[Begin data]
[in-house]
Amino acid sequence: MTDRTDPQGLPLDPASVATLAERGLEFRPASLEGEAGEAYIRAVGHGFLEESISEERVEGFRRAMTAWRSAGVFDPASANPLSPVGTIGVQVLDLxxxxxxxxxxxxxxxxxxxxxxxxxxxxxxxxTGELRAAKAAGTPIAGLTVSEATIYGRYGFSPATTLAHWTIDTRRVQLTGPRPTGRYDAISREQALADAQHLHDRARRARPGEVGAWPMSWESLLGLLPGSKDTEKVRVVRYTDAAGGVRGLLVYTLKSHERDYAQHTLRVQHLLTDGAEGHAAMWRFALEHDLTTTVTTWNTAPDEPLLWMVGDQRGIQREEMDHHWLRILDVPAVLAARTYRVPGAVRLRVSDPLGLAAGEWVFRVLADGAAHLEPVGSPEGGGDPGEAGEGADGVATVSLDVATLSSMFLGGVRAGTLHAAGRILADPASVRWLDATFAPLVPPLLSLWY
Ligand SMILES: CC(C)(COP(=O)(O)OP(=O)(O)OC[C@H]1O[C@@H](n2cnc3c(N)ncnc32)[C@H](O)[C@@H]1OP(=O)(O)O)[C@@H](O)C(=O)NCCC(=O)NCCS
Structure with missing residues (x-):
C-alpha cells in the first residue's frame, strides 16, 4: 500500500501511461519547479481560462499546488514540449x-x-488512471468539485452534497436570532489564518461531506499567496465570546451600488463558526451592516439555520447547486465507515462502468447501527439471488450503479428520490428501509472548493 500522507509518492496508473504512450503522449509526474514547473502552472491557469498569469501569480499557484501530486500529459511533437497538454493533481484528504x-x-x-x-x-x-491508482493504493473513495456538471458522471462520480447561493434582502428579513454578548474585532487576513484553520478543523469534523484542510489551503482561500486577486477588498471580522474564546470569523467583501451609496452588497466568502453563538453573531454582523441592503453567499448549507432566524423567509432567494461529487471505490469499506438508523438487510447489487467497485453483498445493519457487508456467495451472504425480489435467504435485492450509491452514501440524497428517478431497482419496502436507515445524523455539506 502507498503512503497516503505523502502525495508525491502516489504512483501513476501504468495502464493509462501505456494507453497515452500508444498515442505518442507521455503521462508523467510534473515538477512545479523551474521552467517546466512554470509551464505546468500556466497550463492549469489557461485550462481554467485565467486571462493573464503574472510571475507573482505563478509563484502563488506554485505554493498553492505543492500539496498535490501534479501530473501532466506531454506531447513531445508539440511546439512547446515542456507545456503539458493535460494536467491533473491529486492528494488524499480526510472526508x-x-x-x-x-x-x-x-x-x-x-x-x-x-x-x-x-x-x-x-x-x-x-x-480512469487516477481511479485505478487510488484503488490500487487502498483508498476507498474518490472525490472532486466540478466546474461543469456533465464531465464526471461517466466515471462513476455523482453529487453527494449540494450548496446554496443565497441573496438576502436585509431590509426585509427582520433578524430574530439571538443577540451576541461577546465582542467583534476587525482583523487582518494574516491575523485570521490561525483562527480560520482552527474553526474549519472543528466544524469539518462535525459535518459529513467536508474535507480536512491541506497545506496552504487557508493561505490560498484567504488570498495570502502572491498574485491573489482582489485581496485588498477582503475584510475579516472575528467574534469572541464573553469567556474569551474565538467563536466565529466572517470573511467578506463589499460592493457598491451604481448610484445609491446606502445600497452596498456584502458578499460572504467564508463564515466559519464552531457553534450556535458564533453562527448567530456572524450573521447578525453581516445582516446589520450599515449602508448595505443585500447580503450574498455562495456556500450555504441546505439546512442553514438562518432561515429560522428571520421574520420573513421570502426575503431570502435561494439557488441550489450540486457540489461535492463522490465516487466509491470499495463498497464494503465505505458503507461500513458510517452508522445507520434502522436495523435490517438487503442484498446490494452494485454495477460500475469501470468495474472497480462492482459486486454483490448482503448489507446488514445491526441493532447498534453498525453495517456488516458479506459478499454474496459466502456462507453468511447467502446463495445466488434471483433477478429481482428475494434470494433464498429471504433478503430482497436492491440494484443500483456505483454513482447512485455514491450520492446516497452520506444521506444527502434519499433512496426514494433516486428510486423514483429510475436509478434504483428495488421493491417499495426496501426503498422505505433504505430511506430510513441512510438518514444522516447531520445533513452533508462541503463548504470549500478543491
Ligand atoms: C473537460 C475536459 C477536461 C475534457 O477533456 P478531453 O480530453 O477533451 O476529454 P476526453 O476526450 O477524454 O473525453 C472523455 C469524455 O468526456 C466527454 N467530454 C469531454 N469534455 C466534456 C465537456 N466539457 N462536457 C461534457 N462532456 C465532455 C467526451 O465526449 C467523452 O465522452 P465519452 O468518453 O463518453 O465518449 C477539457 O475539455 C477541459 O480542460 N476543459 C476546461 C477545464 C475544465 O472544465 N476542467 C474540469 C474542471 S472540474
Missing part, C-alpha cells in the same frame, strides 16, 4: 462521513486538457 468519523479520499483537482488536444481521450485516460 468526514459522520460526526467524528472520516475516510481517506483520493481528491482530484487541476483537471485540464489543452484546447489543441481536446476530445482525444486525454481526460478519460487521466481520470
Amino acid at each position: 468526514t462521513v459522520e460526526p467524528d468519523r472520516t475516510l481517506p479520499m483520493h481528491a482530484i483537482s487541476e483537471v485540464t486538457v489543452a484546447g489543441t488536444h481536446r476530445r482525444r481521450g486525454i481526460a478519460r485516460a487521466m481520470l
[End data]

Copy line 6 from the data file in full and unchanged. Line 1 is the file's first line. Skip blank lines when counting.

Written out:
Ligand atoms: C473537460 C475536459 C477536461 C475534457 O477533456 P478531453 O480530453 O477533451 O476529454 P476526453 O476526450 O477524454 O473525453 C472523455 C469524455 O468526456 C466527454 N467530454 C469531454 N469534455 C466534456 C465537456 N466539457 N462536457 C461534457 N462532456 C465532455 C467526451 O465526449 C467523452 O465522452 P465519452 O468518453 O463518453 O465518449 C477539457 O475539455 C477541459 O480542460 N476543459 C476546461 C477545464 C475544465 O472544465 N476542467 C474540469 C474542471 S472540474